September 11, 2021 Seattle Times by Joseph O'Suillivan
OLYMPIA — A Douglas County judge ruled Friday that a legal challenge to Washington’s new tax on capital gains can move forward.
The ruling by Douglas County Superior Court Judge Brian Huber sets the stage for a debate that ultimately could be settled at the state Supreme Court: Is the new capital gains tax constitutional?
The legal challenge takes aim at Senate Bill 5096, which passed this spring through the Democratic-controlled House and Senate and was signed by Gov. Jay Inslee. It creates a 7% tax on the capital gains of sales of assets — like bonds and stocks — above $250,000. The law — a long-sought priority for Democrats who chafe at Washington’s regressive tax system — takes effect January 2022, with the first state tax returns coming due in 2023.
The law exempts a range of assets, like retirement accounts, sales of real estate, livestock, timber and some agricultural properties, and some auto dealerships. It also exempts the sales of sole proprietor businesses with gross revenues of up to $6 million.
If it takes effect in fiscal year 2023, the tax would raise about $445 million per year. That money would go into the state’s Education Legacy Trust Account, intended for child care and early learning programs.
The legal challenge is a consolidated case that started with different lawsuits against the state by several plaintiffs — including the owners of farmland and the Washington Farm Bureau — that contends the new law, among other things, imposes an income tax. In that scenario, it could violate the Washington constitution, which states that taxes are to be applied uniformly across the same classes of property.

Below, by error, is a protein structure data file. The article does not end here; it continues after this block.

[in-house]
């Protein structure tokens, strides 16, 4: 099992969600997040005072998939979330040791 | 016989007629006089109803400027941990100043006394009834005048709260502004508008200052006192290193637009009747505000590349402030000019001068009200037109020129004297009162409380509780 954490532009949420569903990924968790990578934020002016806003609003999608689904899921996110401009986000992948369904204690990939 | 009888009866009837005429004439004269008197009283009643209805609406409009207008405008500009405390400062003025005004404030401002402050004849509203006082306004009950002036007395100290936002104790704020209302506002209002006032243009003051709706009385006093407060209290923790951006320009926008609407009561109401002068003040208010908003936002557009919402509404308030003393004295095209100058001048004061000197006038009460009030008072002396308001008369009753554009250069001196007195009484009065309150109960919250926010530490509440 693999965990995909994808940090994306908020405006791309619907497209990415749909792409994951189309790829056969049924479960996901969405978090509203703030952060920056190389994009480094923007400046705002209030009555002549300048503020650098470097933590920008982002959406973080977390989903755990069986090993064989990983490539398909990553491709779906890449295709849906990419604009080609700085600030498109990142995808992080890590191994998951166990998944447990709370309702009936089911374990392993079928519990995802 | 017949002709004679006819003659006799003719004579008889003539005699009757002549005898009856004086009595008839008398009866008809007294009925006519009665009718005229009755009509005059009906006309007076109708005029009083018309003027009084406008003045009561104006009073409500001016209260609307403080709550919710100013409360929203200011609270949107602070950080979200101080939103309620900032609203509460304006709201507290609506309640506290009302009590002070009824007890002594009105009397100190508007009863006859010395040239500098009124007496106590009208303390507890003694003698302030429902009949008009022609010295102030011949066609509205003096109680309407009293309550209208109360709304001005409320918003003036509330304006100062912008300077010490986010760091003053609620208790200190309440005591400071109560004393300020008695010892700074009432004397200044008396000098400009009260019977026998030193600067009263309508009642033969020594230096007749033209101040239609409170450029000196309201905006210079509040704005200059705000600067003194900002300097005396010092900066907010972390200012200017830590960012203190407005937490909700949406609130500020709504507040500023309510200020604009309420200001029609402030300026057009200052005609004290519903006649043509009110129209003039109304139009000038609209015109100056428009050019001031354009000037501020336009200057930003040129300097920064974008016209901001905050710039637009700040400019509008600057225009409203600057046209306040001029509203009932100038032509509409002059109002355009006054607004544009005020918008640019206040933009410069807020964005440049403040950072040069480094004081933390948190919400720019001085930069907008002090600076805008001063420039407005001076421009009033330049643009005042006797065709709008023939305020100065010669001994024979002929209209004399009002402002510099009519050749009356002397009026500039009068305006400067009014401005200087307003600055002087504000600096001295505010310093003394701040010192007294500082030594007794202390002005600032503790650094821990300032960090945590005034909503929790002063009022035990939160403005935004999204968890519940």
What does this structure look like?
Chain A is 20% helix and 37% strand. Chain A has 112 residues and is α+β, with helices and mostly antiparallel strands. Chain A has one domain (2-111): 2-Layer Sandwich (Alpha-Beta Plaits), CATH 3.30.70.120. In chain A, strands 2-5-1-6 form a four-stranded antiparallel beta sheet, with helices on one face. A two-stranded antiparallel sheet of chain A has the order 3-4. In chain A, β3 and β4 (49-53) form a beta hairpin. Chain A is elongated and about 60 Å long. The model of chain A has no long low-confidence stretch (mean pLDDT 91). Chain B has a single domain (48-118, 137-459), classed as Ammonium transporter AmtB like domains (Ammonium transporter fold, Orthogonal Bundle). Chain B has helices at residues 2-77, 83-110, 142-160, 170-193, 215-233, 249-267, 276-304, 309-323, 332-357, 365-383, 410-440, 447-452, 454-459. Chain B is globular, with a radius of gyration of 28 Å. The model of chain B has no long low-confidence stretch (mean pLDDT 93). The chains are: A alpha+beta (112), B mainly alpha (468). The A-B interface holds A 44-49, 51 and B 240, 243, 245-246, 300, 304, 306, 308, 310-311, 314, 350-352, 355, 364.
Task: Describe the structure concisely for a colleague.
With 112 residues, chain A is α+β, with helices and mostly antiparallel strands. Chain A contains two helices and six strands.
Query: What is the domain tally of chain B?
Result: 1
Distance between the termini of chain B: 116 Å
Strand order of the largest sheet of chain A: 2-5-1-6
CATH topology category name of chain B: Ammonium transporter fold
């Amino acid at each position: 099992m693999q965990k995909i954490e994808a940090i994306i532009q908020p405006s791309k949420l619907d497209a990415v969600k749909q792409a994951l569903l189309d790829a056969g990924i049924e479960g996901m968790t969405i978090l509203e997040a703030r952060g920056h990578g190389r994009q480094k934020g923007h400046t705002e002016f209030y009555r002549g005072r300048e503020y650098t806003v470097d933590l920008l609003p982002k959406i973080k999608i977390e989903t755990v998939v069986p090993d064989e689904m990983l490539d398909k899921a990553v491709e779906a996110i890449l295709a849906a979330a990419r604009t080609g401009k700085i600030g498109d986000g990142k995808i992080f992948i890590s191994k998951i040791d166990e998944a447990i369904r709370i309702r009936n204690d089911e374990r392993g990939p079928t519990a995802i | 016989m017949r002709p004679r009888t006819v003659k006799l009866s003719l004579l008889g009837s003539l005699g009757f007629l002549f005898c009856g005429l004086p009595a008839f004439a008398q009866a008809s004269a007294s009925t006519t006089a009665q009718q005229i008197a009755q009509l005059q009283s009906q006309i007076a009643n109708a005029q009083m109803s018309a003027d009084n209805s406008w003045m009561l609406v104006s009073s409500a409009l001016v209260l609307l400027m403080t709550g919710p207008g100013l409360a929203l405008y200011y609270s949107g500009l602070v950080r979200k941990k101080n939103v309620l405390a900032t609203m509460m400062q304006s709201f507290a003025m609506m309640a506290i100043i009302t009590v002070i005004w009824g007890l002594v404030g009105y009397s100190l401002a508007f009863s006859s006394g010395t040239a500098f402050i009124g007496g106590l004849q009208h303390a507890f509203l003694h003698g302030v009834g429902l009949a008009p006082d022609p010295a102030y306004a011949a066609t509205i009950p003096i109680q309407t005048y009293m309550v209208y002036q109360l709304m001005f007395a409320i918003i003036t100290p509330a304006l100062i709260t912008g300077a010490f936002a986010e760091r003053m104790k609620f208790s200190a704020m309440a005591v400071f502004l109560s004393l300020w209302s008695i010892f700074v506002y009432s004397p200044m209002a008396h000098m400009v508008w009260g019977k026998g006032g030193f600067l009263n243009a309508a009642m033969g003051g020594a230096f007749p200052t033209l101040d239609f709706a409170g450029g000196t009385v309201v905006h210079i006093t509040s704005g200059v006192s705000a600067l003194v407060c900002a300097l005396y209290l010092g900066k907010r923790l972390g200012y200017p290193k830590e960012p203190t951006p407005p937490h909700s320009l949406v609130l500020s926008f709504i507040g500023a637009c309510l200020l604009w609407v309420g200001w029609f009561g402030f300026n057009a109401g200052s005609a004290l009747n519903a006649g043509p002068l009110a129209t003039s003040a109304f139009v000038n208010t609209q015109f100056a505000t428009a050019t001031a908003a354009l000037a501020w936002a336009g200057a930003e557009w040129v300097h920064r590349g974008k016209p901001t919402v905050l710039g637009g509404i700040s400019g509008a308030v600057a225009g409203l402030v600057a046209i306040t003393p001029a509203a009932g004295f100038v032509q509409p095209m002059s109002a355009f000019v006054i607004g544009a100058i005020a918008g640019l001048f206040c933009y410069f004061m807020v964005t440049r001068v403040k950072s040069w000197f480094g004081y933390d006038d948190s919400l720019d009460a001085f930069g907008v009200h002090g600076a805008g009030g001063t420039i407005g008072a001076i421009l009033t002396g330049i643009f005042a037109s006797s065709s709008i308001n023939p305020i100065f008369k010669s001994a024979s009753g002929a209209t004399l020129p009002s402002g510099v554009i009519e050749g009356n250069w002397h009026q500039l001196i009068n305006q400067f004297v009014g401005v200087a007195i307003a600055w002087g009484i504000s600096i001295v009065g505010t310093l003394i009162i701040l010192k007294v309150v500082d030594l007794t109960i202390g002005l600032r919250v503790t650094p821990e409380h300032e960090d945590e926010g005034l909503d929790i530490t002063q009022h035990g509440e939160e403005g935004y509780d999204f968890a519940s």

Democratic lawmakers have said they structured the new law as an excise tax, and that the policy is constitutionally sound. The state Attorney General’s Office, which is tasked with defending the state in court, sought to dismiss the challenges in part because there’s no certainty the plaintiffs would ever actually pay the tax themselves.
But in his order, Huber rejected that argument. He cited, among other things, an allegation by plaintiffs that the new tax has already “lowered the market value of their property and forced them to make tax planning decisions that impact their financial interests in a way that is concrete and non-speculative.”
The judge also denied a request by the Attorney General’s Office that the case be moved to Thurston County if it were to proceed.
In a statement, Solicitor General Noah Purcell said the Attorney General’s Office disagreed with Friday’s ruling, but “we have every confidence that this law will ultimately be upheld.”
“Less than one-tenth of 1% of Washingtonians will owe this tax, and it’s impossible for the plaintiffs to know if they will be part of that small group,” Purcell said in prepared remarks.
In a statement, former state Attorney General Rob McKenna, who is representing plaintiffs, praised the decision.
“This tax is illegal because it is unconstitutional,” McKenna said. “Voters have rejected proposed income taxes ten times, and the courts have rejected the Washington legislature’s past efforts to enact an income tax by labeling it an ‘excise tax.’ We are confident the courts will reach the same conclusion in this case.”
A statement by the conservative group Freedom Foundation, which is also representing plaintiffs, praised Huber’s decision to keep the case in Douglas County, rather than move it to Olympia.
Freedom Foundation CEO Aaron Withe in prepared remarks described the state’s motion to move the case an attempt to “hand them a home-court advantage by hearing the case in Olympia rather than rural Waterville.”
Joseph O’Sullivan: 360-236-8268 or firstname.lastname@example.org; on Twitter: @OlympiaJoe. Seattle Times staff reporter Joseph O’Sullivan covers state government and the Legislature.